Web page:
MUMBAI - Rising home prices and rentals in large Indian cities could pose a new challenge to the country's central bank in its fight against inflation, even though headline consumer price rises have likely peaked, analysts warn.
Housing rentals and ancillary costs have a 10.07% weightage in India's consumer price inflation basket and are near three-year highs, posing a fresh worry for the central bank that had to contend with rising food prices for most of last year.
Housing has turned sticky and is being watched closely for indications of second-order effects, a senior official aware of the Reserve Bank of India's (RBI) thinking said.
Urban housing inflation rose to 4.47% year-on-year in December 2022, versus 3.61% in the same period a year ago and 3.21% in December 2020, data from the Ministry of Statistics and Programme Implementation showed.
Though the index eased slightly in November and December from 4.58% in October, it remains close to its highest levels since 2019.
India's retail inflation fell to 5.72% in December, within the RBI's comfort zone of 2%-6% for a second straight month after staying above the upper end for the first 10 months of last year.
However, core inflation, which typically excludes volatile food and fuel prices, remained close to 6%.
"Core inflation has continued to remain sticky and hence an increase in housing inflation poses a significant risk to the overall inflation outlook," said Aditi Gupta, an economist at Bank of Baroda.
She noted that the non-food basket has shouldered much of the recent inflationary pressure.
In the top seven cities, rentals rose 20%-25% on average in 2022 from pre-pandemic levels, with some of the more popular housing societies recording a jump of more than 30%, real estate consultancy firm Anarock said.
Some trends – like hybrid work culture and the need for bigger homes – are likely to stay despite the pandemic impact waning and could spill over into core inflation amid "sticky" rental prices, said Ranjani Sinha, chief economist at credit rating agency CareEdge Group.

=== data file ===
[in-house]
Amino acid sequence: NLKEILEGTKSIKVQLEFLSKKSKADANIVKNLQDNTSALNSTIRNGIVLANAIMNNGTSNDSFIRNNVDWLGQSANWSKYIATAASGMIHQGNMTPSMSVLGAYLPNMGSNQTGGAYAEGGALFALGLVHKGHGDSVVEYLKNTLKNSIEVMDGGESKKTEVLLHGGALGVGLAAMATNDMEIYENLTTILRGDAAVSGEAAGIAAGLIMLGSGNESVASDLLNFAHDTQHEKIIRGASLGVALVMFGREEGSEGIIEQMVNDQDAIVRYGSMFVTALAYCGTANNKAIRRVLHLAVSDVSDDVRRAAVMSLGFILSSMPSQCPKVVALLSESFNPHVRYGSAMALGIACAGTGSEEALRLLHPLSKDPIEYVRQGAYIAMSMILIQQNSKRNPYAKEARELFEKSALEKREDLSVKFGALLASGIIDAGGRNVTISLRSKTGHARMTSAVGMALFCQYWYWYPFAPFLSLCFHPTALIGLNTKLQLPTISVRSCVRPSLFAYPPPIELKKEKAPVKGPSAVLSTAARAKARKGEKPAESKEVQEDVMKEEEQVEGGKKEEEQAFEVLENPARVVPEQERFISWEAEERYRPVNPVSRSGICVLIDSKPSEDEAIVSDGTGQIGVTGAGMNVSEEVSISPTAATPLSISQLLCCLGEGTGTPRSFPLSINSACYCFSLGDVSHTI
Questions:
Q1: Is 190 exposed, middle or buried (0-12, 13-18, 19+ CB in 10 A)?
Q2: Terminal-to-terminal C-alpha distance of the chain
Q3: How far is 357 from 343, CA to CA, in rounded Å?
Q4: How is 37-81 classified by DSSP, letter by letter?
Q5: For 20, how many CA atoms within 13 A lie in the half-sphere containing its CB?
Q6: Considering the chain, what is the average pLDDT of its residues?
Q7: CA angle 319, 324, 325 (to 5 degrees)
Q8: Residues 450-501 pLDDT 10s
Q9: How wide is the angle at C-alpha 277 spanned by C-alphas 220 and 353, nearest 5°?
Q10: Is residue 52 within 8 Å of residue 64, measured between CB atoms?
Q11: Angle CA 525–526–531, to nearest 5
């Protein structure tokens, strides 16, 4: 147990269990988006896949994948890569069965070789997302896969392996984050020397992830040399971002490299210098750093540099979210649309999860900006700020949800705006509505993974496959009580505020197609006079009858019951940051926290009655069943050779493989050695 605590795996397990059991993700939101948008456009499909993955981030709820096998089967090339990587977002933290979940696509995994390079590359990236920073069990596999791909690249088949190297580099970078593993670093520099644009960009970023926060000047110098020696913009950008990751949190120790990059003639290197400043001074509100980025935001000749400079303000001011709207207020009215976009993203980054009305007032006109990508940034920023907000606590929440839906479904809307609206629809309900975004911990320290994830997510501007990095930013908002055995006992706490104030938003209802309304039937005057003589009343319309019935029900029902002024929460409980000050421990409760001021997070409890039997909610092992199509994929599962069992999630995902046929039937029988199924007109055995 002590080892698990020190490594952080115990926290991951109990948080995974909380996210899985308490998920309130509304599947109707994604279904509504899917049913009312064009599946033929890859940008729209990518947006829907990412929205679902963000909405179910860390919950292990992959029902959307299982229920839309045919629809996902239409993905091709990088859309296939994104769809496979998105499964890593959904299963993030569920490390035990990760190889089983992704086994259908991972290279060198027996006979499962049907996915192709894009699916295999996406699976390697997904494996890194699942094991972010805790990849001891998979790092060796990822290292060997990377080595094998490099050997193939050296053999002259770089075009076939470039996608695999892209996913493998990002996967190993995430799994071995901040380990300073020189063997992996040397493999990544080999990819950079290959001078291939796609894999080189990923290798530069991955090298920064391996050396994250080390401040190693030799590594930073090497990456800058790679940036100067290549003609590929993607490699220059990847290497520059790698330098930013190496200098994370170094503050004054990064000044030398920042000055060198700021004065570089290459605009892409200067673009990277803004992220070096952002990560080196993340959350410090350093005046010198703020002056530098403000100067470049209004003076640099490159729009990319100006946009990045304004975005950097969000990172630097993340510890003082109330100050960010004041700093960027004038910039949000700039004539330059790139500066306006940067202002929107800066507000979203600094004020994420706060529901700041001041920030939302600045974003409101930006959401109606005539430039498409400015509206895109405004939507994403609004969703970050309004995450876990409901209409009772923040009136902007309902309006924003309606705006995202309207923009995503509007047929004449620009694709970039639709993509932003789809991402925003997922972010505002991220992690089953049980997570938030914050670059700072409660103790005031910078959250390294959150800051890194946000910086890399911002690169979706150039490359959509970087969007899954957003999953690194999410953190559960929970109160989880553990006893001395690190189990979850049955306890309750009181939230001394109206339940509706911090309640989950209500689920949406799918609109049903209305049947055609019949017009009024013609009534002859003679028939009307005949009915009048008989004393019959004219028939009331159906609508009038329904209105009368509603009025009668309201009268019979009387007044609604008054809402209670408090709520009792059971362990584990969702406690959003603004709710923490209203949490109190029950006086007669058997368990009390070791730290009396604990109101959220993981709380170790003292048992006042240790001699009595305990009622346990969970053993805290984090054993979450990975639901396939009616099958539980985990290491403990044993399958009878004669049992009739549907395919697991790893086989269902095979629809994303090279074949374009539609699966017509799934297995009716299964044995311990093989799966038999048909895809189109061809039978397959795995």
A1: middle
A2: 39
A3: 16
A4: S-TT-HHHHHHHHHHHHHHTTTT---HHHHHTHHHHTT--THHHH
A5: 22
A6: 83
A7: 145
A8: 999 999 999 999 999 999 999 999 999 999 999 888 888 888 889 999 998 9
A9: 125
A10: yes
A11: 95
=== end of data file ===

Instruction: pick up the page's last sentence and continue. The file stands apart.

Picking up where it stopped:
HOUSE PRICES TOO SOAR
A housing price index, compiled by the RBI to capture home sales, also shows a steady rise to its highest in over a decade as of the quarter ended September last year.
Average house prices in the top seven cities – National Capital Region, Kolkata, Mumbai Metropolitan Region, Pune, Hyderabad, Chennai and Bengaluru - increased 4%-7% between October and December, according to Anarock.
That was mainly due to a rise in both input costs and post-COVID demand.
While housing prices are not part of the consumer price inflation basket, their effect is captured through construction and raw material prices, and analysts do not expect a slowdown any time soon.
In fact, housing prices will rise steadily in the next few years, roughly in line with overall economic growth, a Reuters poll of property experts last month showed.
Bank of Baroda's Gupta echoed that prediction.
"While global commodity prices have eased, they still remain elevated. Realtors will continue to push the rise in input prices to consumers. Even on the demand side, it continues to remain strong, which will push prices higher," she added.
Higher interest rates have not been much of a deterrent so far and are unlikely to affect demand going forward. At least not until rates cross 9%, estimates Dhaval Ajmera, director at realty developer Ajmera Realty and Infra India.
Analysts said rising house prices would also feed into higher demand for services like electricity and repairs, ultimately working their way into the overall inflation basket.
(Reporting by Siddhi Nayak; Editing by Swati Bhat and Savio D'Souza)